One of the bank's problems is its history. Standard has been operating in such far-flung places as Singapore, Hong Kong, and China since Queen Victoria established the bank 125 years ago to drum up trade between Britain and the colonies. As part of its colonial banking style, country managers acted autonomously, with only loose controls from headquarters. Local lending practices often prevailed over stricter Bank of England regulations back home.
As a result, headquarters often didn't see the extent of credit or market risk. Says one former official: "The tendency was to give local management as much room as they saw fit and sometimes turn a blind eye to local customs that would have raised eyebrows in London."
WILD WEST. That was fine until the 1990s, when newly deregulated markets, such as India, exploded. In Bombay, the bank was involved in massive dealing in a form of interbank IOU, backed by government bonds, that the London office says it didn't even know existed.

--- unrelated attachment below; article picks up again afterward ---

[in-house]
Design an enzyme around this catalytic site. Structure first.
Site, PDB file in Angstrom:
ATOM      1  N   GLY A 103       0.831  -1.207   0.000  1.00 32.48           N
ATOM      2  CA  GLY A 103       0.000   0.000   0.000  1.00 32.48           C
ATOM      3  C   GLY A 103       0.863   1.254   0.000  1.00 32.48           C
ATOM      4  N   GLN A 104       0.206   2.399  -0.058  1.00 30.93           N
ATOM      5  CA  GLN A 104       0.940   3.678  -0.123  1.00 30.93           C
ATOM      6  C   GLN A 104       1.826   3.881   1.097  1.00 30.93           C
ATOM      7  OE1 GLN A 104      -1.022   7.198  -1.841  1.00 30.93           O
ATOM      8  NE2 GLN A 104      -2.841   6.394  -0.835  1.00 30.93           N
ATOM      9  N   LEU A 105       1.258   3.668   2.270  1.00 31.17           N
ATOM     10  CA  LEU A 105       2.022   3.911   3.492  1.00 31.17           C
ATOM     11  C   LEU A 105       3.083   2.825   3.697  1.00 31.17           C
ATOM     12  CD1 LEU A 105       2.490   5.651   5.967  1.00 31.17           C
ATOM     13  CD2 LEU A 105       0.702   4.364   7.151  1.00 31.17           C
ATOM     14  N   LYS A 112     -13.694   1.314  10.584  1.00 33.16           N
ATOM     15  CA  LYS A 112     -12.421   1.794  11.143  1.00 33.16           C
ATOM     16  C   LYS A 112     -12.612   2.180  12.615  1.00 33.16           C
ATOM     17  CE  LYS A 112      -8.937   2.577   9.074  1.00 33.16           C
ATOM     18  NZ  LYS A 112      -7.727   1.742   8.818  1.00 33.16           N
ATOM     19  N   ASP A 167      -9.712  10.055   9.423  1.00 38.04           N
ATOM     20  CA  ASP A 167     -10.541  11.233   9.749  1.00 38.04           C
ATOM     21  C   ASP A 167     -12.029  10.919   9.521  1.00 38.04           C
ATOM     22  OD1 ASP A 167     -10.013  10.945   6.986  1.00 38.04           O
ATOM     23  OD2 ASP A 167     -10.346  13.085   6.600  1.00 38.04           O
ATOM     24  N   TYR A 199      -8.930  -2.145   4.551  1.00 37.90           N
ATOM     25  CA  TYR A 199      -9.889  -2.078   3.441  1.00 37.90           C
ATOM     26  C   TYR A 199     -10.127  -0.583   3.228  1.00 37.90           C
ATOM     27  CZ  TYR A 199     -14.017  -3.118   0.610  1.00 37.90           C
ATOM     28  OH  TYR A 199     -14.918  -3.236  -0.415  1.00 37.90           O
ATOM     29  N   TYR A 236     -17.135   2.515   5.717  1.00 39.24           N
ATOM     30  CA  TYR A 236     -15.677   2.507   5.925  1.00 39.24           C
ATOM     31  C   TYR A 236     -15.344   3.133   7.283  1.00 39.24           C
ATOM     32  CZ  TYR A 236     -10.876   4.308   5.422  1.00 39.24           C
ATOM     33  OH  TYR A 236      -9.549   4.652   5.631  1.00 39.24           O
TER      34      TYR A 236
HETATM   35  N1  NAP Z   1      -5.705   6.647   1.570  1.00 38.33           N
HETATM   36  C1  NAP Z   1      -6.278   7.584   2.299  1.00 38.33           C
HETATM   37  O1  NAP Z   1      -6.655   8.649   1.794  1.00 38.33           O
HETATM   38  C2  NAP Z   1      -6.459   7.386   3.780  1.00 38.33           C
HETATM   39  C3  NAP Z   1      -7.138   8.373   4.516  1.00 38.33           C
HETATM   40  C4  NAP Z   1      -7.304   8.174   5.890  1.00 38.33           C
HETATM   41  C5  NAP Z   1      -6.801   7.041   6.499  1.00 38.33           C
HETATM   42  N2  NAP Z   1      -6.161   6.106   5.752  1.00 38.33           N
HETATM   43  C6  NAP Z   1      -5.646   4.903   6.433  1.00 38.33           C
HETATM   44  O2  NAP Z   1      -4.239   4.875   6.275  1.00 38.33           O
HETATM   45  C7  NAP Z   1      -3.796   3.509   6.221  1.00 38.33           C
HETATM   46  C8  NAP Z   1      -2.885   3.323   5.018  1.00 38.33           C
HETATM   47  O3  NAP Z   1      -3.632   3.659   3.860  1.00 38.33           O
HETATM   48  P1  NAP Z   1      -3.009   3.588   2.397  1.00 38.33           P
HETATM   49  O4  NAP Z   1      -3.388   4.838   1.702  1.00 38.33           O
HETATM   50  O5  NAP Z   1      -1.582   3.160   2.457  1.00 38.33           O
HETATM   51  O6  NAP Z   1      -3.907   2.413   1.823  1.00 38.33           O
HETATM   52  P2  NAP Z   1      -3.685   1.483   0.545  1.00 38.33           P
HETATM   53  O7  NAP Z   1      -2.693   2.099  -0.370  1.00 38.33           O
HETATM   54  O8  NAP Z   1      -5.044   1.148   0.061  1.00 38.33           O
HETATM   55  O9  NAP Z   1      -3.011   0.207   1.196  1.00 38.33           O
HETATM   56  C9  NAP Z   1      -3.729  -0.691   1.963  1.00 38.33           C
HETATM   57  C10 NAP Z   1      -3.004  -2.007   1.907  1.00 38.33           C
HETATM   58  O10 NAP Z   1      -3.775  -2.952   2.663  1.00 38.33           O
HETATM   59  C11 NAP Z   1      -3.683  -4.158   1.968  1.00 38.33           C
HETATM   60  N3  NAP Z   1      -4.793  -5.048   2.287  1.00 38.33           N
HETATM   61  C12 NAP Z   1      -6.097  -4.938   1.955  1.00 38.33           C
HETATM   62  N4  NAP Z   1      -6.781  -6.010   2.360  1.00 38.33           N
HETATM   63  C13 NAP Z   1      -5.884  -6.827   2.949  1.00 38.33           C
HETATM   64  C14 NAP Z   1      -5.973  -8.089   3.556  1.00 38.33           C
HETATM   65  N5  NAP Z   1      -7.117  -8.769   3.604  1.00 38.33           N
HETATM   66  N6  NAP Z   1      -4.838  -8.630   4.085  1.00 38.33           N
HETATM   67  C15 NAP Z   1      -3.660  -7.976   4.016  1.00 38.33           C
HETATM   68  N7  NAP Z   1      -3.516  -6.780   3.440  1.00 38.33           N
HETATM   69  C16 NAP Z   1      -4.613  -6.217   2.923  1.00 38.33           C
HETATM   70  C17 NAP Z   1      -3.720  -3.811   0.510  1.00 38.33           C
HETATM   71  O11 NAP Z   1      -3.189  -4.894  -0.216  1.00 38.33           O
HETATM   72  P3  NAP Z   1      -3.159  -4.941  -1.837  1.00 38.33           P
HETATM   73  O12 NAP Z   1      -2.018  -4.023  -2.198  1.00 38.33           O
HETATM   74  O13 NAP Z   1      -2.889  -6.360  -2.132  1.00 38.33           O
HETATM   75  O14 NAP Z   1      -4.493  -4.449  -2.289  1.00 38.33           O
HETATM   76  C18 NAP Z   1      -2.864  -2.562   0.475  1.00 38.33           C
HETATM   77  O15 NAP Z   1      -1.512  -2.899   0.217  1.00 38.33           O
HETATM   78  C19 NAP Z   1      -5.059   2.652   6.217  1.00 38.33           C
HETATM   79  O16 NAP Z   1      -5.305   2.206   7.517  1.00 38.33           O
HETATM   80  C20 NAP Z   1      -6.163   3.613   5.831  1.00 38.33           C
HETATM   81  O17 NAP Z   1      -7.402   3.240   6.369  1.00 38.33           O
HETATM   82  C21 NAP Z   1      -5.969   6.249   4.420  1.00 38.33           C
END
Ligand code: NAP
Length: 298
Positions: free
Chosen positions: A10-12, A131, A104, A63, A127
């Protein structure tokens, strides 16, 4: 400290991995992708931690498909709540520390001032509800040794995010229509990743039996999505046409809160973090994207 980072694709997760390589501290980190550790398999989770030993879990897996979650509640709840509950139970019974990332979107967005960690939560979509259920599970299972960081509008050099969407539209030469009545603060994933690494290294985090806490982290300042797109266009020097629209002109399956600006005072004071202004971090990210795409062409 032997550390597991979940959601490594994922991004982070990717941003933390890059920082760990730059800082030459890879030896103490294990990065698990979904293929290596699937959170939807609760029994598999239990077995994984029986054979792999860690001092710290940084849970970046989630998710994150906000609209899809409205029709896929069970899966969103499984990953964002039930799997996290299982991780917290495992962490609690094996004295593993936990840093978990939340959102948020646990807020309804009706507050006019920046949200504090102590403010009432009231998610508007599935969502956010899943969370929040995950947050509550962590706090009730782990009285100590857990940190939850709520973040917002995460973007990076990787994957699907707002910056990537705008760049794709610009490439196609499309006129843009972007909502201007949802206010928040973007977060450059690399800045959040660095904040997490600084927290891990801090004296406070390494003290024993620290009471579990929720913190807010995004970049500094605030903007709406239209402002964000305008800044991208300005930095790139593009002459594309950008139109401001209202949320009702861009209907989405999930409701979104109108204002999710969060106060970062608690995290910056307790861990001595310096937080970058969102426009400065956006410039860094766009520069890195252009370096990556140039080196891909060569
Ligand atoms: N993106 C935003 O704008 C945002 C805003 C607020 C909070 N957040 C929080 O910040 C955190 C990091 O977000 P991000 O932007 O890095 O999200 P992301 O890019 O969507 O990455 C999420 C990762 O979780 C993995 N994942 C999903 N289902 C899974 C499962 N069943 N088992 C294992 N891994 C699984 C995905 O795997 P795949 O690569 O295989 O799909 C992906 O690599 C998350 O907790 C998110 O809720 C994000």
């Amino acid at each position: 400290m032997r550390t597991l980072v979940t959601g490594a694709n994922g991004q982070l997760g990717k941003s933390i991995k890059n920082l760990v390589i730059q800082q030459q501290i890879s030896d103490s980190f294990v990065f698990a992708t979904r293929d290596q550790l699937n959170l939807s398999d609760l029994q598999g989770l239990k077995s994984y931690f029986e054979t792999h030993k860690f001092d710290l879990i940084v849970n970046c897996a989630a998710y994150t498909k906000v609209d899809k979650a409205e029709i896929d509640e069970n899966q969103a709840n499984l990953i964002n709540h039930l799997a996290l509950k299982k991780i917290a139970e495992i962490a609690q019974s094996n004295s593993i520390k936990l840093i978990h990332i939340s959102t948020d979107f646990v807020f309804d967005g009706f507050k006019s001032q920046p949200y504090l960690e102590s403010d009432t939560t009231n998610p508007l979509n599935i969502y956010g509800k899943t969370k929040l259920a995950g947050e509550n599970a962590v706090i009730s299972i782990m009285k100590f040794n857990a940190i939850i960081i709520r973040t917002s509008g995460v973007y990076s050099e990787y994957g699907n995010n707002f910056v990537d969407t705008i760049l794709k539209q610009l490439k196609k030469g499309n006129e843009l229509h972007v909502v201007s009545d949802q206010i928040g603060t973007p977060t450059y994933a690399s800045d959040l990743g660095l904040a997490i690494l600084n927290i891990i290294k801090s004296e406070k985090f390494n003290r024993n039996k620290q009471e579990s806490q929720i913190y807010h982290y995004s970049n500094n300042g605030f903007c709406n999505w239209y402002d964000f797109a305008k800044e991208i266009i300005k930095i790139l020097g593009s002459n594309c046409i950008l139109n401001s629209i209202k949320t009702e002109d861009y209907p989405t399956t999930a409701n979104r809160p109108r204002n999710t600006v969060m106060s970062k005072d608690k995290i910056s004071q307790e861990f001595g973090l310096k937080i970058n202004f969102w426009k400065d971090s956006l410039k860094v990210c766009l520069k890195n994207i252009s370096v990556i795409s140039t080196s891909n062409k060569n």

In a Wild West atmosphere, speculative trades in Bombay stocks were often made using these IOUs for financing. Standard ended up holding what it now believes is a portfolio of IOUs from issuers who can't make good on them. The IOUs may be the same ones used in fraudulent stock deals. While Standard pursues legal action to recover some of the lost funds, it's awaiting an Indian government decision whether to impose fines.
In the aftermath of the Bombay scandal, the bank's London masters pledged to set strict rules. In mid-1993, Williamson installed two trusted aides as his enforcers. Fellow Barclay's alumnus Peter Wood was named finance director, and former Citicorp Britain head John McFarlane took over a number of the bank's Asian operations. They set up regional hubs to monitor risk and ensure that new procedures were followed. The Singapore hub seems to be working. Williamson says the uncovering of irregularities in the Mocatta unit is a direct result of his orders that the Singapore operation turn over every rock.